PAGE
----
A grounded theory approach18 with constant comparison was used throughout the research. Open-ended interviews and focus group discussions were performed with 30 adults with OSF to identify the factors that patients view as important for their oral health and overall well-being. These patients were characterized by a wide degree of disease severity and diverse range of sociodemographic profile. A single researcher performed 14 personal (one-to-one) interviews and four focus group discussions in the Marathi language (the native language of the study population) in nonclinical settings. Interviews were open, semi-structured in nature with prompts.19 Patients were motivated to talk freely about their oral health-related problems in focus group discussions.20 The prompts encouraged exploration of patients’ perceptions on the history, diagnosis, and progression of OSF. Interview prompts (Table 1) were informed by the clinical experts and patient input. Relevant topics were pooled from thorough literature review. Additionally, a panel of eight experts (specialist in oral medicine, oral pathology, oral surgery, and psychology) was approached using the Delphi technique21 to understand the affected aspects of patient’s life due to OSF. The duration of each interview was around 20 minutes and each focus group discussion lasted for more than half an hour. None of the recruited patient had any preexisting relationship with the interviewer in any context. Interviews and focus group discussions were audio recorded. The field notes were recorded to document particular details about the process. The recording was then anonymized, transcribed, and translated in English at the same time.22 A saturation table was prepared using the data from each patient (Table 2).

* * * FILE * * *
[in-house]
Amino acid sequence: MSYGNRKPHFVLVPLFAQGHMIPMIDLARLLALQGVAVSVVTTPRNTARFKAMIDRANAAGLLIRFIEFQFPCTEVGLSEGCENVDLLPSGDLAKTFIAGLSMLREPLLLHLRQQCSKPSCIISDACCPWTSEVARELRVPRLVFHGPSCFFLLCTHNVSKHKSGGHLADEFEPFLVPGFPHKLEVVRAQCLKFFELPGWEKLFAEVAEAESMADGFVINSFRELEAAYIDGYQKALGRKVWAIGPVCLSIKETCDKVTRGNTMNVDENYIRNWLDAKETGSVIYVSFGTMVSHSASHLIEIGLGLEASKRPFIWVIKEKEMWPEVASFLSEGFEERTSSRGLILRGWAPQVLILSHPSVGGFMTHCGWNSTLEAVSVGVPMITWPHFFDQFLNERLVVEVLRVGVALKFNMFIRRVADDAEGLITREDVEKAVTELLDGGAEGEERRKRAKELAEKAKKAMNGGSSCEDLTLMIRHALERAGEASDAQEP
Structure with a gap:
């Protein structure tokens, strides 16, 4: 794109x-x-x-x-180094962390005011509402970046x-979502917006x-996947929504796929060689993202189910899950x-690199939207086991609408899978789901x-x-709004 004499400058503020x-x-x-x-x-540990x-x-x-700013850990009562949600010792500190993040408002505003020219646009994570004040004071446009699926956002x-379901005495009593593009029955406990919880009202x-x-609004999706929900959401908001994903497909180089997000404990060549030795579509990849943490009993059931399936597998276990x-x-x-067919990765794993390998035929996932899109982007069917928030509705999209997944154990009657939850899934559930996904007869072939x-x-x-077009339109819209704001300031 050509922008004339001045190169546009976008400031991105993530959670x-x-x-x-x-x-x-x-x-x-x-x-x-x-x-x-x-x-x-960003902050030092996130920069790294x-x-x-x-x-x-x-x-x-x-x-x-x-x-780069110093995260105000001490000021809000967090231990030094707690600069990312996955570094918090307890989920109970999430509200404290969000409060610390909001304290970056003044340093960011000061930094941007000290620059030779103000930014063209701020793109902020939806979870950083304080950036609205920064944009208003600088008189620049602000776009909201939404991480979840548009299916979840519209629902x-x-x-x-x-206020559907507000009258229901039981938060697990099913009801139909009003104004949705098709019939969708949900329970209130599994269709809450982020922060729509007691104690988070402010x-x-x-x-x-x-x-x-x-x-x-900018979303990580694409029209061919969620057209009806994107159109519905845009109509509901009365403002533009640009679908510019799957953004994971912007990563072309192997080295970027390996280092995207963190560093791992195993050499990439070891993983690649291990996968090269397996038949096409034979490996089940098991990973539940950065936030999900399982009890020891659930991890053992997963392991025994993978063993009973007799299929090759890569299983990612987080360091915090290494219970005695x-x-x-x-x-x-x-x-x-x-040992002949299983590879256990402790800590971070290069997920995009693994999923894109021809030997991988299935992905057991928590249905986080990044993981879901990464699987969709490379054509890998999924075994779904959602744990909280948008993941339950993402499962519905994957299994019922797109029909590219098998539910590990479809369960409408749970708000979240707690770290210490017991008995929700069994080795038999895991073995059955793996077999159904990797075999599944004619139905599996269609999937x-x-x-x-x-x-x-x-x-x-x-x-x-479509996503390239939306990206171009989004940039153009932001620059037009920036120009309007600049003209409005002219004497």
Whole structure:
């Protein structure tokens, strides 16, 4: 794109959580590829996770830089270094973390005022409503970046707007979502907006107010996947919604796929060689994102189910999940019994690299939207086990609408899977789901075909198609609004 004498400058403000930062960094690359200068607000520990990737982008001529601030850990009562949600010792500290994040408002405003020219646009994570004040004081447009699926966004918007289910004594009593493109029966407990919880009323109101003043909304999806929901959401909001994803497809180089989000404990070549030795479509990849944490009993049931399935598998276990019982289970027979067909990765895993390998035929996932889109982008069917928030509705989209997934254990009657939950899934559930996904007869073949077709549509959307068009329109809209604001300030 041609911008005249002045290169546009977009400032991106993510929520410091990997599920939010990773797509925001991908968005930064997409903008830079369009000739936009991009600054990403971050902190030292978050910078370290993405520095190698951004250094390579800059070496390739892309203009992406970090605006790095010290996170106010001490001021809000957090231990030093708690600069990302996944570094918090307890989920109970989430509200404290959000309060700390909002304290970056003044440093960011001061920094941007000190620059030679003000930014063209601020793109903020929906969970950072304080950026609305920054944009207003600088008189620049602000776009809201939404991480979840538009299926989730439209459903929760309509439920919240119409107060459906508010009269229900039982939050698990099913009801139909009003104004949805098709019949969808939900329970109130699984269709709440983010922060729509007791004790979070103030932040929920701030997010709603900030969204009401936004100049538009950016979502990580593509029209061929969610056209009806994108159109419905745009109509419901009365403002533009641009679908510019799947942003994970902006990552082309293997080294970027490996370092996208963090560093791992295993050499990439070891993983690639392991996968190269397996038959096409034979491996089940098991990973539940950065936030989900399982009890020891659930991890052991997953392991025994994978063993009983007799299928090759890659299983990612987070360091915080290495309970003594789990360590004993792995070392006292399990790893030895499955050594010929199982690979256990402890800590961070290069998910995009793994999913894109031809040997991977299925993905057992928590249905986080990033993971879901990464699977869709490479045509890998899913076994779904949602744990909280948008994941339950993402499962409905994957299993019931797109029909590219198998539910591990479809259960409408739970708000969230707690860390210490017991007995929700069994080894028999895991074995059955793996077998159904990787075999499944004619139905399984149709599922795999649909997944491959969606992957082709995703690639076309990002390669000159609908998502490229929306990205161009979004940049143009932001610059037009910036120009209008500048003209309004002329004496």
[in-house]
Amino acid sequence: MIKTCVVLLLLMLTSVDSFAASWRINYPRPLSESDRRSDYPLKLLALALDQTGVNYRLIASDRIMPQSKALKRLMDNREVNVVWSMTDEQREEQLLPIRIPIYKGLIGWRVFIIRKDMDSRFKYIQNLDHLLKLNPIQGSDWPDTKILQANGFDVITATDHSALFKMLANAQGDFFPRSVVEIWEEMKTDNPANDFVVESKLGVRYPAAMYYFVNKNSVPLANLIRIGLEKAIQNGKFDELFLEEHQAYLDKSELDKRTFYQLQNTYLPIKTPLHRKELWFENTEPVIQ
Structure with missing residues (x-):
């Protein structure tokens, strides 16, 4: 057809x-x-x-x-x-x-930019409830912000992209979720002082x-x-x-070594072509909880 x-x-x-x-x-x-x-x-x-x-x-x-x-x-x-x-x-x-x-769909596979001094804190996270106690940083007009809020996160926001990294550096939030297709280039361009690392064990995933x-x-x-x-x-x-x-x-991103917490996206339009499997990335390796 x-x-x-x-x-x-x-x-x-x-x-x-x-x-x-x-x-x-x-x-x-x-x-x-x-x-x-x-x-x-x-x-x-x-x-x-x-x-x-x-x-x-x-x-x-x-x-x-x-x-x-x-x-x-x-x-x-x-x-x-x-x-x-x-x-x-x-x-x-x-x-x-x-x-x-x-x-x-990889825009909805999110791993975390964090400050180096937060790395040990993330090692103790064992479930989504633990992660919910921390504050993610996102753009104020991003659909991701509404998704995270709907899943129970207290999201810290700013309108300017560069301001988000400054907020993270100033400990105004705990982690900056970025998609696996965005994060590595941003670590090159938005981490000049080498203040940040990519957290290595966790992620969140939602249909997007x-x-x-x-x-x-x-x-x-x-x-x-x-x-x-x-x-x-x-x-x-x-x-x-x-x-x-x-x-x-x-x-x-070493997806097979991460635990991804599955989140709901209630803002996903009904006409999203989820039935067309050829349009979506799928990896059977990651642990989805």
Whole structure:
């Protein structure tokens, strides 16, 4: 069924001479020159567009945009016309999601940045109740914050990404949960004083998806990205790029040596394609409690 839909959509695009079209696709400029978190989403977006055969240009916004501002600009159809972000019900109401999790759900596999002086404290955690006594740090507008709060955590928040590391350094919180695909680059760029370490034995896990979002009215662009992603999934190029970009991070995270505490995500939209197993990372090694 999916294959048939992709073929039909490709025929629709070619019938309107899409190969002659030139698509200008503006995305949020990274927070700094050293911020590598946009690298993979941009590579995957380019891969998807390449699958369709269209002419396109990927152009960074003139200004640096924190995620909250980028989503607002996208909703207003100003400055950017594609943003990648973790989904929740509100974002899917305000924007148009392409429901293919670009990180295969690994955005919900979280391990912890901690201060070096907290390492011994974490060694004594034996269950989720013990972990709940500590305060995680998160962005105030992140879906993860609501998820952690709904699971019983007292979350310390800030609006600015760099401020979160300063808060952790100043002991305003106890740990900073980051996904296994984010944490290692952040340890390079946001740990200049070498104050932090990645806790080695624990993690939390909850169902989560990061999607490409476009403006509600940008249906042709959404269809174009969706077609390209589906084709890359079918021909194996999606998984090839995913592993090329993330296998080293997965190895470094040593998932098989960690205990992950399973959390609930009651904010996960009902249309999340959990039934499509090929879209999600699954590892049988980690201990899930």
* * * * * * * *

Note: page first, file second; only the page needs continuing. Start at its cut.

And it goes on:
Data analysis was performed by using an in-depth narrative thematic analysis method.23 Data analysis instituted prior to completing all the interviews to control topic saturation. The data saturation occurred in 10th interview. The data were coded initially and then categorized into themes and subthemes. Initial coding of the interview transcripts was performed independently by two researchers to increase the reliability of data analysis.24 Themes evolved from recurring words and ideas from the patients.25 This part of the analysis was performed by two independent researchers. Intercoder reliability was calculated for each theme and overall coding using percentage agreement and the Kappa statistic. Themes were discussed and granted by agreement of all the authors. The themes were then discussed in the interdisciplinary research team to achieve intersubjective validity of the results.